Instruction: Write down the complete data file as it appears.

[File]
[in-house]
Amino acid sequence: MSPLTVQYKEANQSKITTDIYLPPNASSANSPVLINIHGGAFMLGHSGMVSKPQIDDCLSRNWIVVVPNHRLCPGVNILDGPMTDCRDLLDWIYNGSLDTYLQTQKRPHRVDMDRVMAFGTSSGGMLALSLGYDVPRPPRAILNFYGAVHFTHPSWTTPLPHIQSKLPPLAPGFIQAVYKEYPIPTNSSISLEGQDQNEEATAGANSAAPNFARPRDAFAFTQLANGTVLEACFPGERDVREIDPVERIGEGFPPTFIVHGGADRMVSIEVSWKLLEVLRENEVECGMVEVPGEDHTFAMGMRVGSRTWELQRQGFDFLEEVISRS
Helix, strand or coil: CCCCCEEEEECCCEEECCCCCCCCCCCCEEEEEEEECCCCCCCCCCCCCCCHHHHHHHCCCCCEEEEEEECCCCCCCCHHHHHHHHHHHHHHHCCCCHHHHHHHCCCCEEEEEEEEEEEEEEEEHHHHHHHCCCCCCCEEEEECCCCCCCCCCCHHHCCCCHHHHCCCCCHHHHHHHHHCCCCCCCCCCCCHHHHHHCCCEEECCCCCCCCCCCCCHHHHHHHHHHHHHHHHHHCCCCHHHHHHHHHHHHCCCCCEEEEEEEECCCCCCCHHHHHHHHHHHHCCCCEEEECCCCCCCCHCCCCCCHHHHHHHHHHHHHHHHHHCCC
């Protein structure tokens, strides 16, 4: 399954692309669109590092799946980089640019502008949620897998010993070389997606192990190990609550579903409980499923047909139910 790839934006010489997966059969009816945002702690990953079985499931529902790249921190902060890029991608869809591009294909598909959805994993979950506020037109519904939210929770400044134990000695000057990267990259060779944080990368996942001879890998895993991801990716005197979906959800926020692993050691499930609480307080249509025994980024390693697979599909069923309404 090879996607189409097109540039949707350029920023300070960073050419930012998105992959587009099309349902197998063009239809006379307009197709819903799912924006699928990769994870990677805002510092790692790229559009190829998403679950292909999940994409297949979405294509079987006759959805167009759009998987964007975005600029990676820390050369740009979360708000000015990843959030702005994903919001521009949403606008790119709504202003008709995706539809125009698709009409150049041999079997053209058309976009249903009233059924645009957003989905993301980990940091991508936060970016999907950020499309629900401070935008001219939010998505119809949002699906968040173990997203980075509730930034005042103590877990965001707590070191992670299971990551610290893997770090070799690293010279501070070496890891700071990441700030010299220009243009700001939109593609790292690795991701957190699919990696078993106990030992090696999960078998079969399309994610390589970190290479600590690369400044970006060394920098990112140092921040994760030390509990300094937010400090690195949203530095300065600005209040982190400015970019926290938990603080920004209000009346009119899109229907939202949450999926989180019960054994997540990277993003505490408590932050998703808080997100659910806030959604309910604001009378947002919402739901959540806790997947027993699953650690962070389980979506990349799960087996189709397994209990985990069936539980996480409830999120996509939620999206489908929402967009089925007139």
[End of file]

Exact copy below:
[in-house]
Amino acid sequence: MSPLTVQYKEANQSKITTDIYLPPNASSANSPVLINIHGGAFMLGHSGMVSKPQIDDCLSRNWIVVVPNHRLCPGVNILDGPMTDCRDLLDWIYNGSLDTYLQTQKRPHRVDMDRVMAFGTSSGGMLALSLGYDVPRPPRAILNFYGAVHFTHPSWTTPLPHIQSKLPPLAPGFIQAVYKEYPIPTNSSISLEGQDQNEEATAGANSAAPNFARPRDAFAFTQLANGTVLEACFPGERDVREIDPVERIGEGFPPTFIVHGGADRMVSIEVSWKLLEVLRENEVECGMVEVPGEDHTFAMGMRVGSRTWELQRQGFDFLEEVISRS
Helix, strand or coil: CCCCCEEEEECCCEEECCCCCCCCCCCCEEEEEEEECCCCCCCCCCCCCCCHHHHHHHCCCCCEEEEEEECCCCCCCCHHHHHHHHHHHHHHHCCCCHHHHHHHCCCCEEEEEEEEEEEEEEEEHHHHHHHCCCCCCCEEEEECCCCCCCCCCCHHHCCCCHHHHCCCCCHHHHHHHHHCCCCCCCCCCCCHHHHHHCCCEEECCCCCCCCCCCCCHHHHHHHHHHHHHHHHHHCCCCHHHHHHHHHHHHCCCCCEEEEEEEECCCCCCCHHHHHHHHHHHHCCCCEEEECCCCCCCCHCCCCCCHHHHHHHHHHHHHHHHHHCCC
């Protein structure tokens, strides 16, 4: 399954692309669109590092799946980089640019502008949620897998010993070389997606192990190990609550579903409980499923047909139910 790839934006010489997966059969009816945002702690990953079985499931529902790249921190902060890029991608869809591009294909598909959805994993979950506020037109519904939210929770400044134990000695000057990267990259060779944080990368996942001879890998895993991801990716005197979906959800926020692993050691499930609480307080249509025994980024390693697979599909069923309404 090879996607189409097109540039949707350029920023300070960073050419930012998105992959587009099309349902197998063009239809006379307009197709819903799912924006699928990769994870990677805002510092790692790229559009190829998403679950292909999940994409297949979405294509079987006759959805167009759009998987964007975005600029990676820390050369740009979360708000000015990843959030702005994903919001521009949403606008790119709504202003008709995706539809125009698709009409150049041999079997053209058309976009249903009233059924645009957003989905993301980990940091991508936060970016999907950020499309629900401070935008001219939010998505119809949002699906968040173990997203980075509730930034005042103590877990965001707590070191992670299971990551610290893997770090070799690293010279501070070496890891700071990441700030010299220009243009700001939109593609790292690795991701957190699919990696078993106990030992090696999960078998079969399309994610390589970190290479600590690369400044970006060394920098990112140092921040994760030390509990300094937010400090690195949203530095300065600005209040982190400015970019926290938990603080920004209000009346009119899109229907939202949450999926989180019960054994997540990277993003505490408590932050998703808080997100659910806030959604309910604001009378947002919402739901959540806790997947027993699953650690962070389980979506990349799960087996189709397994209990985990069936539980996480409830999120996509939620999206489908929402967009089925007139």